On our last call in Hip Sobriety School, I told Holly Whitaker that I felt like I was having a honeymoon period with my sobriety and asked if that was a “thing.” She said yes, and that it was called “the pink cloud.” After the call I immediately googled it. I was met with sad cautionary tales, along the lines of don’t get too comfortable, there’s danger around every corner. I was so disappointed and decided to ignore the warnings and just enjoy it. I felt great. My mind was clear, energy back, bloat gone. I rode the pink cloud for about 3 years and I wish the same for you!
The low down on prebiotics and probiotics
This smoothie is all about supporting and resetting a healthy gut or microbiome which is so foundational to good physical and mental health. It’s also easily digestible and contains 8 grams of protein. The pink cloud smoothie contains both probiotics and prebiotics in one gulp! Probiotics introduce healthy bacteria into the gut and are found in fermented foods which include kefir, sauerkraut, tempeh and kombucha. Prebiotics are composed of insoluble fiber and are found in fruits, (like berries), whole grains and vegetables. This type of fiber becomes food for the good bacteria. So, prebiotics feed the probiotics.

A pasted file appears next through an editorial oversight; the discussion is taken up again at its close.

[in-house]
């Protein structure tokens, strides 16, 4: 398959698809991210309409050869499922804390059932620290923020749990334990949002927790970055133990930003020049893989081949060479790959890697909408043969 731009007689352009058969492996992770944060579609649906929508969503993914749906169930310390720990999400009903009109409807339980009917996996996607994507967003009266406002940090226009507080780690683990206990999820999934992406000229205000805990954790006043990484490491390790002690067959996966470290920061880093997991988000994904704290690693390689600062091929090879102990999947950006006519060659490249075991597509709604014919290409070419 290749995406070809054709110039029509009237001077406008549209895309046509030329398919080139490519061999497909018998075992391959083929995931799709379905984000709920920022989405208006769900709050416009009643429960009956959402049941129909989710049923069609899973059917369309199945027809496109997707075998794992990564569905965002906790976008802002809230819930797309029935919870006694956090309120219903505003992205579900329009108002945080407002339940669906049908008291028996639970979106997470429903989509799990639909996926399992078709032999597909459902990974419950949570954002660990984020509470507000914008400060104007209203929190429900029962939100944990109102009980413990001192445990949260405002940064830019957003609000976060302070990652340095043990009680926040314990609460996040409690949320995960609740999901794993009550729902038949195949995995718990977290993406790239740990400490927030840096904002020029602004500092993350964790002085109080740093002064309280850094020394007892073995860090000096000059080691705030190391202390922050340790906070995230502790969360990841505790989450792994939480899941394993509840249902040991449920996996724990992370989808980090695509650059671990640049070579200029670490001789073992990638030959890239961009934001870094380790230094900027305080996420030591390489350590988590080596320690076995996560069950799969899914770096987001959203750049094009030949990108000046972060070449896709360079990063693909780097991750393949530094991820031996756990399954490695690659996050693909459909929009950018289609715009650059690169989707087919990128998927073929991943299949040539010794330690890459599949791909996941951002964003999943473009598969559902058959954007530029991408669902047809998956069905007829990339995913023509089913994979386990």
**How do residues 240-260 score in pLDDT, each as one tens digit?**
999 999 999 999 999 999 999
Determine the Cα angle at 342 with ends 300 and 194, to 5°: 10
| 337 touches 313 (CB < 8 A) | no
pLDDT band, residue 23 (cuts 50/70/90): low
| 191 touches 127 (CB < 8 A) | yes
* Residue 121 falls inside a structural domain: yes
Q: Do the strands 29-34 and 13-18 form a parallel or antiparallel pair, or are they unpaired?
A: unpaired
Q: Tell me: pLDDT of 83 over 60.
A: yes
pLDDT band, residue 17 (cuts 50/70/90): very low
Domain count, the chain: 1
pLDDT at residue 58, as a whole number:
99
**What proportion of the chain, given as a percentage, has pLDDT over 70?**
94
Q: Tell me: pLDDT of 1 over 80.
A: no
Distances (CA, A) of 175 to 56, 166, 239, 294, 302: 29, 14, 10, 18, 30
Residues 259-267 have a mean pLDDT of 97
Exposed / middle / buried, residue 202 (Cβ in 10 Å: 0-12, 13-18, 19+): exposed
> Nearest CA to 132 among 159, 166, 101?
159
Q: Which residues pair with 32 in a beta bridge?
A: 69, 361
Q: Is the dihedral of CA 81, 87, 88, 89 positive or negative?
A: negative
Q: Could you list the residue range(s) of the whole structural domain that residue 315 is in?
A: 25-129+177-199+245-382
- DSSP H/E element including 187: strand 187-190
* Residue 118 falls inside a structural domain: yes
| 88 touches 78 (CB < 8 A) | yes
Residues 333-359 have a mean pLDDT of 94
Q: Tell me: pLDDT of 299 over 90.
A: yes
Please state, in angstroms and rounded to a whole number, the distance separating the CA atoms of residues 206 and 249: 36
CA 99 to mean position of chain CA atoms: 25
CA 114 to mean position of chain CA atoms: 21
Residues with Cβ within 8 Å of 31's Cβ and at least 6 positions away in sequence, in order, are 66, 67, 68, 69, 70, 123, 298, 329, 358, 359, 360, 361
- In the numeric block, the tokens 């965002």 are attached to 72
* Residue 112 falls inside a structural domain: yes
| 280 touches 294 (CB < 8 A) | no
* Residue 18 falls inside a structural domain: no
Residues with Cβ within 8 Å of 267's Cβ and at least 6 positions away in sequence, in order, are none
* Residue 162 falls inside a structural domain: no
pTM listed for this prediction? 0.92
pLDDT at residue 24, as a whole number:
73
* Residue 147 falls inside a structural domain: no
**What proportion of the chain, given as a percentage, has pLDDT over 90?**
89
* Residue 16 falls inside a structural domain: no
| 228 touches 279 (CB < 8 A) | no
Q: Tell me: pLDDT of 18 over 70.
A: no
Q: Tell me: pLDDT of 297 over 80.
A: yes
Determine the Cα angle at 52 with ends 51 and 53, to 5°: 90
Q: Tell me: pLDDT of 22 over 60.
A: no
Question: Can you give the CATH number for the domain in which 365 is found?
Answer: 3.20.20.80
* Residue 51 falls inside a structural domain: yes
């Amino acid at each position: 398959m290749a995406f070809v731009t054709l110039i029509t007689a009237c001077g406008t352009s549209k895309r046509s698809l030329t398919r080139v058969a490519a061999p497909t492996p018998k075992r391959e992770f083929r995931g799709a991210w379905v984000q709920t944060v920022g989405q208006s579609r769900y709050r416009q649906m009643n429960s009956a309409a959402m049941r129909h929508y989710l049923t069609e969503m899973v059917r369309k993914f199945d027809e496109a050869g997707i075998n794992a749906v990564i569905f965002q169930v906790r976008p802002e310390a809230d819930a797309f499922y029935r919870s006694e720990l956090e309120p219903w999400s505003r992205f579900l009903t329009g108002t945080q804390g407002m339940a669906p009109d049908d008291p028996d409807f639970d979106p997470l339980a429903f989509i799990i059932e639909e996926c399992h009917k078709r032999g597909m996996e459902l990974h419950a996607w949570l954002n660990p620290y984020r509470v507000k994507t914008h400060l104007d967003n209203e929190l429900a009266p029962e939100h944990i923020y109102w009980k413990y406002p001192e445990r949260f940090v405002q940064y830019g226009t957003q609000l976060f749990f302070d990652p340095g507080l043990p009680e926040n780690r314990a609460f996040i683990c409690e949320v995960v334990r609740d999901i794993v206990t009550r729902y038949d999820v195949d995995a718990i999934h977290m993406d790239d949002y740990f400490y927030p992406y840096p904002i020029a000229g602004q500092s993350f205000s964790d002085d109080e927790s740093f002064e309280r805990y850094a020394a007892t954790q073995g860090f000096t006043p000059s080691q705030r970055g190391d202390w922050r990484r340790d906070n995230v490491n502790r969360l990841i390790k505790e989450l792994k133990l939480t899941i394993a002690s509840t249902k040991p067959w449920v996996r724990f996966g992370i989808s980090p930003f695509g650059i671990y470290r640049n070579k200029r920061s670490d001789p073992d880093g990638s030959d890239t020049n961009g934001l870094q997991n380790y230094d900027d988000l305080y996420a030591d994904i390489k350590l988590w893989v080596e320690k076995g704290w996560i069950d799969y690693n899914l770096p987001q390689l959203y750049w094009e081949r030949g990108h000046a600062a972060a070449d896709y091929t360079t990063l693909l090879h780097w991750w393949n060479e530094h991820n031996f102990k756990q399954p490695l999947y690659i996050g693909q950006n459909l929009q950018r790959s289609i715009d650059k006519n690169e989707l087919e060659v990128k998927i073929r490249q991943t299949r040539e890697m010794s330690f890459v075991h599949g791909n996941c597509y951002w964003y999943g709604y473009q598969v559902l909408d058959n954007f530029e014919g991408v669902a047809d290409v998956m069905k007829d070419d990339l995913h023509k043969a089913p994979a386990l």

The benefits of a healthy gut include everything from strengthening our immune system, balancing blood sugar, improving common digestive issues like bloating and constipation, and even impacting our mental health. The gut is often referred to as the “second brain.” Depression and anxiety for example are associated with low levels of mood-regulating neurotransmitters, like the mood stabilizing serotonin, which live in the gut.
Not surprisingly, ingesting alcohol is devastating to the gut microbiome. So, introducing pre and probiotics into your diet is crucial to to healing and feeling good enough to enjoy the pink cloud.
This smoothie recipe is hardly a recipe at all. It’s two ingredients with an optional third and/or fourth.
Kefir is a fermented milk drink. I would describe it as drinkable yogurt. I use goat kefir which can be a little hard to find, so regular cow milk kefir is absolutely fine and available in most supermarkets. It contains the same nutrients as the goat variety, but goat dairy is more easily digestible, particularly for the lactose intolerant. Goat kefir can be found at your local health food store, (I know Whole Foods carries it) Depending on the sweetness of your strawberries, add honey or maple syrup to taste. With 9 grams of protein it’s great as a snack. If you’re pressed for time or energy, add some protein powder to use it as a meal substitute. 20 – 25 grams is recommended for a complete meal.
- 1 cup kefir (goat if you can find it)
- 1 cup strawberries or other berry, fresh or frozen
- Sweetener (optional)
- Protein powder (optional)
- Place all ingredients in a blender and blend until smooth.